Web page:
Negotiation Points - Part II

Joseph W. Bartlett, Special Counsel, McCarter & English, LLP

Continued from Part I.

Rights of First Refusal, etc.

Many joint-venture agreements fail to cover the contingency that one of the venturers may want unilaterally to sell its interest, giving rise to controversy whether a right of first offer or first refusal should be implied. A more difficult issue is posed if the success of the joint venture is dependent on the continued operation of a segment of one of the venturers' main businesses. Reportedly, Sony was prepared to sue CBS to enjoin the sale of CBS's record division to anyone other than Sony, based on a long-standing joint-venture agreement between the two firms respecting, among other things, the manufacture of compact discs. If the venture is a general partnership, it is easier to imagine court-enforced restraints on the introduction of new proprietors called "partners" in view of the historical intimacy of the partnership relationship. This is no excuse, however, for failing to codify the parties' intention on this subject in a formal, comprehensive document—whether a partnership agreement or an agreement amongst shareholders. The touchiest area for negotiation, vide the CBS/Sony dispute, will be the responsibility of each venturer to maintain necessary infrastructure. If software company A joint ventures with hardware company B to exploit a particular system should B be required to stay in the hardware business? What if B is losing money on that line? If B's agreement is all-embracing, is the joint venture something B's shareholders should vote on-what amounts to "hypothecation" or "lease" of substantially all B's assets, perhaps?

Drag-Along Rights and Other Exit Levers

If the joint venture has a lengthy time horizon, one of the venturers may want to exit prematurely; perhaps it could use an earnings spike if unrealized appreciation were in fact to be realized. The unilateral sale of a venturer's individual interest is often inopportune, either because of contractual restrictions or economic realities. Accordingly, the drafting should (and often doesn't) cover a relatively lengthy menu of exit issues: registrationrights (rarely employed as written), tag-along rights, compulsory liquidation, compulsory sale (herein called "drag-along" rights), and so forth.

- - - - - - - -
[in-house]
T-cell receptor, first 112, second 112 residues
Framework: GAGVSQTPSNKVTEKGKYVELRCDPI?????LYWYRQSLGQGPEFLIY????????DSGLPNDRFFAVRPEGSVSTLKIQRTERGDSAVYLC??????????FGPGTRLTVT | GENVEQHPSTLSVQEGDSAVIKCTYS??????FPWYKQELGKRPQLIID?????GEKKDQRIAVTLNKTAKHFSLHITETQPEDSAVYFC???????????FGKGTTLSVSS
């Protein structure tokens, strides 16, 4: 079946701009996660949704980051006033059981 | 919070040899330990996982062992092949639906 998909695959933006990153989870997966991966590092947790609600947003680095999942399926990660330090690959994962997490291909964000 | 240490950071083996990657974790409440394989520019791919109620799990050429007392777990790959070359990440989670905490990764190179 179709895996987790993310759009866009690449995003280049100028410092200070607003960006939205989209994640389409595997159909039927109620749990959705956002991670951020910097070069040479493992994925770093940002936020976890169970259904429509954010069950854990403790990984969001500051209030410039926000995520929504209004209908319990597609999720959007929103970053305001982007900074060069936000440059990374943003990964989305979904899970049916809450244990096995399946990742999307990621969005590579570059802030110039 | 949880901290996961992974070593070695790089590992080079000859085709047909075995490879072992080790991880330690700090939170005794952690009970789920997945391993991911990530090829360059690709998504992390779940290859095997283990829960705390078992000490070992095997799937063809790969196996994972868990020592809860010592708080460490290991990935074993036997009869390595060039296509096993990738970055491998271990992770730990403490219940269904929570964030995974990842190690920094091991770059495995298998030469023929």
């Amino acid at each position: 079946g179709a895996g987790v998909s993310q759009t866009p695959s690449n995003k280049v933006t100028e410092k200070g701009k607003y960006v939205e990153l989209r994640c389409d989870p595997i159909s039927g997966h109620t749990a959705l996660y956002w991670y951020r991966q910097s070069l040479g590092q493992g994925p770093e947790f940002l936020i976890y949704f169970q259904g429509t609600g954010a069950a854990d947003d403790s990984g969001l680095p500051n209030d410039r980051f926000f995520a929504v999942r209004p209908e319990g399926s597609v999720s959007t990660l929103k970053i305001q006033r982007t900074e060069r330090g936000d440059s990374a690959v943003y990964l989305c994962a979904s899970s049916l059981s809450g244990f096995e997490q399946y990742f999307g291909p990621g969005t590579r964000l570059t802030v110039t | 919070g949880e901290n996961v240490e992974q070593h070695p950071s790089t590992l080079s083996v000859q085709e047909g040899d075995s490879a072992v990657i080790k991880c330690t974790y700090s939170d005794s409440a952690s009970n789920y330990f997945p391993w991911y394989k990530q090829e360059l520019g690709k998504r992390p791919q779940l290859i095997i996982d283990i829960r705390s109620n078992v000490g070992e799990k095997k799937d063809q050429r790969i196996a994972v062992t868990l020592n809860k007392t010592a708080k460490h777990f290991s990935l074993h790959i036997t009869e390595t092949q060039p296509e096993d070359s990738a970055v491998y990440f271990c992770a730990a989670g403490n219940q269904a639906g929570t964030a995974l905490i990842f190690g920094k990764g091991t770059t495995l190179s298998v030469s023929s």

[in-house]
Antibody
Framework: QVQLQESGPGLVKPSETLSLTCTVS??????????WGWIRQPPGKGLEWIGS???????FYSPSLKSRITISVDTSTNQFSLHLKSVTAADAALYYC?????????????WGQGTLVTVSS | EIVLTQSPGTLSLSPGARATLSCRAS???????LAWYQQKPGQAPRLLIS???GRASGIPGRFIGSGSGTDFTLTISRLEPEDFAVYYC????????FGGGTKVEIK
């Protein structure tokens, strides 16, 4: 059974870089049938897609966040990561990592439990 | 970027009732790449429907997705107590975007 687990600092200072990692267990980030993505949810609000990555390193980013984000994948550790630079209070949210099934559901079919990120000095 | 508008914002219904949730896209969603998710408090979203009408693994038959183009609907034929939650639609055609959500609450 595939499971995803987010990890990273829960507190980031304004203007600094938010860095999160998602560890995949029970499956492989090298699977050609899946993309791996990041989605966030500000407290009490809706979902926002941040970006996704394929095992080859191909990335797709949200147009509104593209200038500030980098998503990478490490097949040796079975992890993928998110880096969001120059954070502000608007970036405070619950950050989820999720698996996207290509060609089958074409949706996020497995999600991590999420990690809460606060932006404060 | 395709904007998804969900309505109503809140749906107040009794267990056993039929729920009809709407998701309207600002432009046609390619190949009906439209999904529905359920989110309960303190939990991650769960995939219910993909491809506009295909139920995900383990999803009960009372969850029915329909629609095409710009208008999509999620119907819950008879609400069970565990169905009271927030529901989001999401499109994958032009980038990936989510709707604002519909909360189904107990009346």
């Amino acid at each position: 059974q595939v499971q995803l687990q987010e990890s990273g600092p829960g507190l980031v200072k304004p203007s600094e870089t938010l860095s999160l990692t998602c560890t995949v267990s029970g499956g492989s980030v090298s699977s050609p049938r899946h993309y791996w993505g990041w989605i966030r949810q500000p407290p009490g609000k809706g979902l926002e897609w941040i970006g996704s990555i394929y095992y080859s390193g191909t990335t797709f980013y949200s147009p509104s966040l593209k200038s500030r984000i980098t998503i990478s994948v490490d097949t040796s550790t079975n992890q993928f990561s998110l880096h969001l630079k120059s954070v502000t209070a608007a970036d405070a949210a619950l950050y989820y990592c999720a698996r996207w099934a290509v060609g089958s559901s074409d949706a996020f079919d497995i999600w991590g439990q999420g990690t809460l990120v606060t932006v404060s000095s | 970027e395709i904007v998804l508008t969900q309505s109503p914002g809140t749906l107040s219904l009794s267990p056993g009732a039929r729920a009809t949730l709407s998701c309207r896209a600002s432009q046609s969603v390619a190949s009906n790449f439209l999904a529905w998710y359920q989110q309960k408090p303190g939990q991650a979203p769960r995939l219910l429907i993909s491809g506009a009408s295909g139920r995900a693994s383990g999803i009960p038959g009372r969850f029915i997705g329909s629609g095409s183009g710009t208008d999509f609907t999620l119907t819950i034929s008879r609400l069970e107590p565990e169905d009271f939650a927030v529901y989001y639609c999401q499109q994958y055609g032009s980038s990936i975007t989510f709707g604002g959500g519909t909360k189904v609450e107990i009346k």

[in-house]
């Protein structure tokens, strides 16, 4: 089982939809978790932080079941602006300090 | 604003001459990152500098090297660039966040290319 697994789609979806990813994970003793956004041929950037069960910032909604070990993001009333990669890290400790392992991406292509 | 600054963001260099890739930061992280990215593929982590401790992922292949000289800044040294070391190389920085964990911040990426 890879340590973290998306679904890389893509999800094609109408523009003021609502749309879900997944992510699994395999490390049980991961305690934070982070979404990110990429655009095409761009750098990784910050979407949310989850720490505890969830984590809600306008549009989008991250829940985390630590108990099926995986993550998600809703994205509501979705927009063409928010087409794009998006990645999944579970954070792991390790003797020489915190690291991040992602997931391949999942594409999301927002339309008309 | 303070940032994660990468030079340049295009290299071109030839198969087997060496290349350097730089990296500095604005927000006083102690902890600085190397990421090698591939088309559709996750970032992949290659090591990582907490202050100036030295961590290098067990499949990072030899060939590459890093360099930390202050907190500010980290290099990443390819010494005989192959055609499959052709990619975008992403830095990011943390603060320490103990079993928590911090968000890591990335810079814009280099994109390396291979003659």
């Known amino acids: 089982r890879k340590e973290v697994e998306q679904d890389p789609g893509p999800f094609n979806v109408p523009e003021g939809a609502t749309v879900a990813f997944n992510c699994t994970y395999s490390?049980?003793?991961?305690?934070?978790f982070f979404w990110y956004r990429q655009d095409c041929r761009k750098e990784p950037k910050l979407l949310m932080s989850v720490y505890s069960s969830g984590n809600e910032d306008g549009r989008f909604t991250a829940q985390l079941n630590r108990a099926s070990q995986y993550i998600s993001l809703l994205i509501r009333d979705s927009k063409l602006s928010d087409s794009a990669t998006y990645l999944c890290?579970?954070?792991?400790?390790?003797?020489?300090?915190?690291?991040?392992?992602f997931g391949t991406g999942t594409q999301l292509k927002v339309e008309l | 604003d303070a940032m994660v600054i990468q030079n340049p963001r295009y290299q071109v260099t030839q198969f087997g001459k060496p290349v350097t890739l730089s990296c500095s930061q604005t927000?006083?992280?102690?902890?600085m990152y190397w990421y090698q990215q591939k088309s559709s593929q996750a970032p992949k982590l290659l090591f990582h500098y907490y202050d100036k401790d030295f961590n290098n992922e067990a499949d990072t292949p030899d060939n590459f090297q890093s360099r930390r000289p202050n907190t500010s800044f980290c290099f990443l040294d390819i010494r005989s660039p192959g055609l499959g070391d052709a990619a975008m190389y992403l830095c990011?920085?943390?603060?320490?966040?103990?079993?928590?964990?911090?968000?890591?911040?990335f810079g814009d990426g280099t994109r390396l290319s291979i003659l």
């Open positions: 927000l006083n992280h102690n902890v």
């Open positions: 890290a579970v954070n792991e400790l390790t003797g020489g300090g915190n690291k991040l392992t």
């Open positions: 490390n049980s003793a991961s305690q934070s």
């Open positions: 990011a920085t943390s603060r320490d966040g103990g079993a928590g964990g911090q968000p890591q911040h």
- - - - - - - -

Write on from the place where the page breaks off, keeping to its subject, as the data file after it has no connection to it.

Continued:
Frequently, the assets of a joint venture are intangible: intellectual property, marketing "support," future services. In the event of liquidation, how is the ownership of such intangibles to be allocated? Assume the core asset is a trade secret, an item of property which can no longer be possessed exclusively (meaning it is no longer legal property) if it is no longer a secret: Can the noncontributing joint venturers be required to forget the secret? To discharge or reassign the employees who have become versed in it? To refrain from making or distributing products which are a direct or indirect consequence of the secret? If the assets of the venture are to be sold because the venturers can't agree, can a venturer be compelled to maximize the value of such assets (as in continuing to support software in the hands of the new owner) after the venture has been liquidated? "Ownership" is a complex concept, best analogized to a bundle of rights; the fact that "joint-venture law" is as yet unformed further complicates the problem. Joint tenancy in real-property law is outlined by well-developed concepts, but it would be a mistake to import the same to cover all possible joint ventures. As Walter Wheeler Cook once said, "The tendency to assume that a word which appears in two or more legal rules, and so in connection with more than one purpose, has and should have precisely the same scope in all of them runs all through legal discussions. It has all the tenacity of original sin and must constantly be guarded against."

The moral, of course, is careful drafting.

Joseph W. Bartlett, Special Counsel,

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